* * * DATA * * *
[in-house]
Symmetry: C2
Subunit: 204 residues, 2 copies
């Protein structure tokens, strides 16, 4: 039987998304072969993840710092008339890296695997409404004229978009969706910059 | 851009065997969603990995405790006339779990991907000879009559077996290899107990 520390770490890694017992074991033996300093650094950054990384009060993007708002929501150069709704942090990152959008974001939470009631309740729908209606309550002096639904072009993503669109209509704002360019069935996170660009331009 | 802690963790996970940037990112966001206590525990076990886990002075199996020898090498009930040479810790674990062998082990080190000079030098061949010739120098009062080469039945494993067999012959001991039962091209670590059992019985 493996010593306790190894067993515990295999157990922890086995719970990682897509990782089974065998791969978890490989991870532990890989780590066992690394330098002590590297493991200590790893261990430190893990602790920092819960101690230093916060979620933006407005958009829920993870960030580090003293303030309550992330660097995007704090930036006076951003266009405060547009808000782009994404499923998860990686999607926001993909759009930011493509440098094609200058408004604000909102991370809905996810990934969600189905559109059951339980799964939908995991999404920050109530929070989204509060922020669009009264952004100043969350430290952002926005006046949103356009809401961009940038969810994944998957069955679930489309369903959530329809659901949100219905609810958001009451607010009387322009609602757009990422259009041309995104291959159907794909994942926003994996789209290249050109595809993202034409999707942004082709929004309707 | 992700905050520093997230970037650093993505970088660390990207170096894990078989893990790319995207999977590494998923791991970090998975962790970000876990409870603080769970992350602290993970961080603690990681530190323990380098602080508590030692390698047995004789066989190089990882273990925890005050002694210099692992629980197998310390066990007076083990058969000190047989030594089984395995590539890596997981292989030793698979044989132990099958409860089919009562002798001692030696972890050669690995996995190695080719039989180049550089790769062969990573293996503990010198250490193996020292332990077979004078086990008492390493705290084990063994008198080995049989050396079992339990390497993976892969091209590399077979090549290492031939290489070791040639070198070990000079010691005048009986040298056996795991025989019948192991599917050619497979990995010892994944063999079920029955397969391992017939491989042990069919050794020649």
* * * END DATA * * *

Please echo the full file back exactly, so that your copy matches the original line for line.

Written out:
[in-house]
Symmetry: C2
Subunit: 204 residues, 2 copies
């Protein structure tokens, strides 16, 4: 039987998304072969993840710092008339890296695997409404004229978009969706910059 | 851009065997969603990995405790006339779990991907000879009559077996290899107990 520390770490890694017992074991033996300093650094950054990384009060993007708002929501150069709704942090990152959008974001939470009631309740729908209606309550002096639904072009993503669109209509704002360019069935996170660009331009 | 802690963790996970940037990112966001206590525990076990886990002075199996020898090498009930040479810790674990062998082990080190000079030098061949010739120098009062080469039945494993067999012959001991039962091209670590059992019985 493996010593306790190894067993515990295999157990922890086995719970990682897509990782089974065998791969978890490989991870532990890989780590066992690394330098002590590297493991200590790893261990430190893990602790920092819960101690230093916060979620933006407005958009829920993870960030580090003293303030309550992330660097995007704090930036006076951003266009405060547009808000782009994404499923998860990686999607926001993909759009930011493509440098094609200058408004604000909102991370809905996810990934969600189905559109059951339980799964939908995991999404920050109530929070989204509060922020669009009264952004100043969350430290952002926005006046949103356009809401961009940038969810994944998957069955679930489309369903959530329809659901949100219905609810958001009451607010009387322009609602757009990422259009041309995104291959159907794909994942926003994996789209290249050109595809993202034409999707942004082709929004309707 | 992700905050520093997230970037650093993505970088660390990207170096894990078989893990790319995207999977590494998923791991970090998975962790970000876990409870603080769970992350602290993970961080603690990681530190323990380098602080508590030692390698047995004789066989190089990882273990925890005050002694210099692992629980197998310390066990007076083990058969000190047989030594089984395995590539890596997981292989030793698979044989132990099958409860089919009562002798001692030696972890050669690995996995190695080719039989180049550089790769062969990573293996503990010198250490193996020292332990077979004078086990008492390493705290084990063994008198080995049989050396079992339990390497993976892969091209590399077979090549290492031939290489070791040639070198070990000079010691005048009986040298056996795991025989019948192991599917050619497979990995010892994944063999079920029955397969391992017939491989042990069919050794020649």